They key thing to remember is that you need to look like a professional. If you believe you look and feel that way in this top then go for it, dress it up with trousers maybe rather than down with leggings though.
  10. No, definitely not, that outfit is completely inappropriate for your placement. It would look great for a night out but not for your placement. Smart plain trousers and a blouse / shirt would be comfortable as well as professional.
    Good Luck!
  11. Personally, I like a skirt with black tights, knee high boots and a black jumper. I sometimes mix it up with a black cardigan and a black t-shirt underneath! Comfortable but smart.
  12. I'm at the end of my three year degree, and have found different placements required different outfits because of the attitudes of staff and the dress code. At my current school, so long as I'm covered up and not showing too much leg I can wear whatever I feel comfortable with. (Not jeans obviously but can wear PE kit on days when I'm teaching that)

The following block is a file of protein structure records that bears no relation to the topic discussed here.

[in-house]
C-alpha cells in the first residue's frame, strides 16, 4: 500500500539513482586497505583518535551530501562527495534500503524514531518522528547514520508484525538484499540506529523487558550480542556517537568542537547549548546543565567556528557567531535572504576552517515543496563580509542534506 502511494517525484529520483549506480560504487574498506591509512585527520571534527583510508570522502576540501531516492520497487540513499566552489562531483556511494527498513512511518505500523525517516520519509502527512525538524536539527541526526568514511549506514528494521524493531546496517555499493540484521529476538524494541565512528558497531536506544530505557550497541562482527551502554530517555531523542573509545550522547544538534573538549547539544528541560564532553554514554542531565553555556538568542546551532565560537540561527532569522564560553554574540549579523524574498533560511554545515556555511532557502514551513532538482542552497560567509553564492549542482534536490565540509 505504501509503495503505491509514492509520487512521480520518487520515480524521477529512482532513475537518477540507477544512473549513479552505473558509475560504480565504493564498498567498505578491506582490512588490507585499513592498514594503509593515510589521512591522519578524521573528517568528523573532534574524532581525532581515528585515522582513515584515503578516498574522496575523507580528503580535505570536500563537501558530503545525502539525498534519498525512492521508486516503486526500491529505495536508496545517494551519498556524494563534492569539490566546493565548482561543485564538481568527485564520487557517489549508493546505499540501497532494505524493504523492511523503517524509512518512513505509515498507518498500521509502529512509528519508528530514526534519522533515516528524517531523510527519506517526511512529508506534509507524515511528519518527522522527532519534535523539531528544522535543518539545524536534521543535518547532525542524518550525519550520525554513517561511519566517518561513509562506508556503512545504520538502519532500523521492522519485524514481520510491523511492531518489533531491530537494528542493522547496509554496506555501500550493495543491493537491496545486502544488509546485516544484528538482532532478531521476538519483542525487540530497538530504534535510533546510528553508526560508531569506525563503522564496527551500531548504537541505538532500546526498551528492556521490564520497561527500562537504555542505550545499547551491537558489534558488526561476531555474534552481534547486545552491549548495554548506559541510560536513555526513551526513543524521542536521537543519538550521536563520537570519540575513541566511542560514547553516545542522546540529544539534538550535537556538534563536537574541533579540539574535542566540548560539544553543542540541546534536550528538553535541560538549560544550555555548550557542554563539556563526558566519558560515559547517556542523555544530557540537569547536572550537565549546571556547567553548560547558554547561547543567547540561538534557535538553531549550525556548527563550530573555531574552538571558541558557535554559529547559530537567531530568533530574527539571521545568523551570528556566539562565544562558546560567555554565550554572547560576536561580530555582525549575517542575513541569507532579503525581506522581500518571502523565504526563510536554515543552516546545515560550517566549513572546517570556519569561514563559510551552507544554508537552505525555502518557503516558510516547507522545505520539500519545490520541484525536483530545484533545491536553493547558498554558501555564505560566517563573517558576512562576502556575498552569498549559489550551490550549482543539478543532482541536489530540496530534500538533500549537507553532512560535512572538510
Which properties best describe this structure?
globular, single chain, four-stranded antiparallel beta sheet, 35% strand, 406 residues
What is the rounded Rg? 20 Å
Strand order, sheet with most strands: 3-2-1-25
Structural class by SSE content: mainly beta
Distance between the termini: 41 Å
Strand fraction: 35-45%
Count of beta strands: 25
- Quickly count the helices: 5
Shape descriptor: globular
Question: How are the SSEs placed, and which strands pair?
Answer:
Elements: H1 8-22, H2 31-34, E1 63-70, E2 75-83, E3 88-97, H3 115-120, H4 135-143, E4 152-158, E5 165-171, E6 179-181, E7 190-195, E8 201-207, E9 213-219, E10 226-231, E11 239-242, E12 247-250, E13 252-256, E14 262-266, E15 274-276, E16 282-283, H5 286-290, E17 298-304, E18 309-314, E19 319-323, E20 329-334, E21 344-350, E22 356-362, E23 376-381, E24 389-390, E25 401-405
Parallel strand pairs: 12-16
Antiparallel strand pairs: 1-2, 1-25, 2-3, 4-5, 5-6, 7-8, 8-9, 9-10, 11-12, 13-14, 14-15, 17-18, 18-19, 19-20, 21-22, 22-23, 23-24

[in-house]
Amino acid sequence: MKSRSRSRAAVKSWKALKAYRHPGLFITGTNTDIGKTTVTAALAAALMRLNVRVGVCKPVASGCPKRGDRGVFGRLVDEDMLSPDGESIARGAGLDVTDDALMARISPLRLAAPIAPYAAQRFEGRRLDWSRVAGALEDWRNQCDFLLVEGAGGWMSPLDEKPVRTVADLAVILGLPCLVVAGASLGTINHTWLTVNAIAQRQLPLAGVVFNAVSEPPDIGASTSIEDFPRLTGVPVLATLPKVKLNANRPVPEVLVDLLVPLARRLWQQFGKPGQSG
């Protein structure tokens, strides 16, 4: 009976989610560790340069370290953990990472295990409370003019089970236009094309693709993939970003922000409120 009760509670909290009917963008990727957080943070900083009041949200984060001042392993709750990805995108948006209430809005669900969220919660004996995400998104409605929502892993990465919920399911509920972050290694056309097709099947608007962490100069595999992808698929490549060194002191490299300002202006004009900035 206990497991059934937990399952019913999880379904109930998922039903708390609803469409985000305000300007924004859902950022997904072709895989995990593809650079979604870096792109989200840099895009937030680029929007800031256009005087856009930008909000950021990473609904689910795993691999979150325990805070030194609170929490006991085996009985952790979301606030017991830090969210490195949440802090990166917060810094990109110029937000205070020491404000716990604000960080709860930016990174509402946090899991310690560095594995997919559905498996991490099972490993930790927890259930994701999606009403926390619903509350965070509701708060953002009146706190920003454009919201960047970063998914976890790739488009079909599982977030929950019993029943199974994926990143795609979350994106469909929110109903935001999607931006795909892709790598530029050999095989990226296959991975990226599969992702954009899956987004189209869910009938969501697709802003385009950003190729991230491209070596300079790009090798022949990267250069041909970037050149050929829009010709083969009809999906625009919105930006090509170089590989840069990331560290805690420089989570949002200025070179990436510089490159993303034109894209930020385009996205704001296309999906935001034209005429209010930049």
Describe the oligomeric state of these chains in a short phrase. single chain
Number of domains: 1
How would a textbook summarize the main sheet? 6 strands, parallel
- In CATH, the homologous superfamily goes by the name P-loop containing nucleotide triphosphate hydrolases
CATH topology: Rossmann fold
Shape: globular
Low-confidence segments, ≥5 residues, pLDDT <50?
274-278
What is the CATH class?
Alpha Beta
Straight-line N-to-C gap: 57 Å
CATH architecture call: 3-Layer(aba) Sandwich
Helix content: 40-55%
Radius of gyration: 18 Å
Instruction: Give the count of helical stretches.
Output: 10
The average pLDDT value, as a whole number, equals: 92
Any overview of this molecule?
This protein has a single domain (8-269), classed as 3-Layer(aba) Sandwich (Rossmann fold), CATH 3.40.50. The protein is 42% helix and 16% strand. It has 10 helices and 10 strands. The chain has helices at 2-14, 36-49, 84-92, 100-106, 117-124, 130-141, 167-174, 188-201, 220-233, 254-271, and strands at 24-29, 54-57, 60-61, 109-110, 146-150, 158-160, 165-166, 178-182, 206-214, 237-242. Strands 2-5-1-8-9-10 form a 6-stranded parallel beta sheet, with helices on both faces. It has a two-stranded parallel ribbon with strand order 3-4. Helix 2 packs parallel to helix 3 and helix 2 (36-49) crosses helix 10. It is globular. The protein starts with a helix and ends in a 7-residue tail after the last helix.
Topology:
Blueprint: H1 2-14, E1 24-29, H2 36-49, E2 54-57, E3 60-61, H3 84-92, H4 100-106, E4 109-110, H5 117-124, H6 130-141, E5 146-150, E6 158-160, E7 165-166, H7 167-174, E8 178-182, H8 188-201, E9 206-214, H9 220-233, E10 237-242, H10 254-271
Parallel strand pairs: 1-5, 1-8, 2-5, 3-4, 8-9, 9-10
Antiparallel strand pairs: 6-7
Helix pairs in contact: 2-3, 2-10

I have never worn a blouse purely because I can't get them long enough in my size (I have an out of proportion torso but only size 8 so they are never long enough to get to my trousers!!!).
    I usually wear a long sleeved tshirt, or normal sleeved tshirt with trousers and flat shoes. I have a few jumper dresses that I wear with thick black tights and boots.
    I think so long as you aren't risking knocking someone out with your assets, then that would be fine. Wear with black trousers and it will still look smart, but showing your own personality and style, and will be more comfortable for you.
    If I had to wear a shirt then I would feel uncomfortable and therefore not be as free to teach if that makes sense.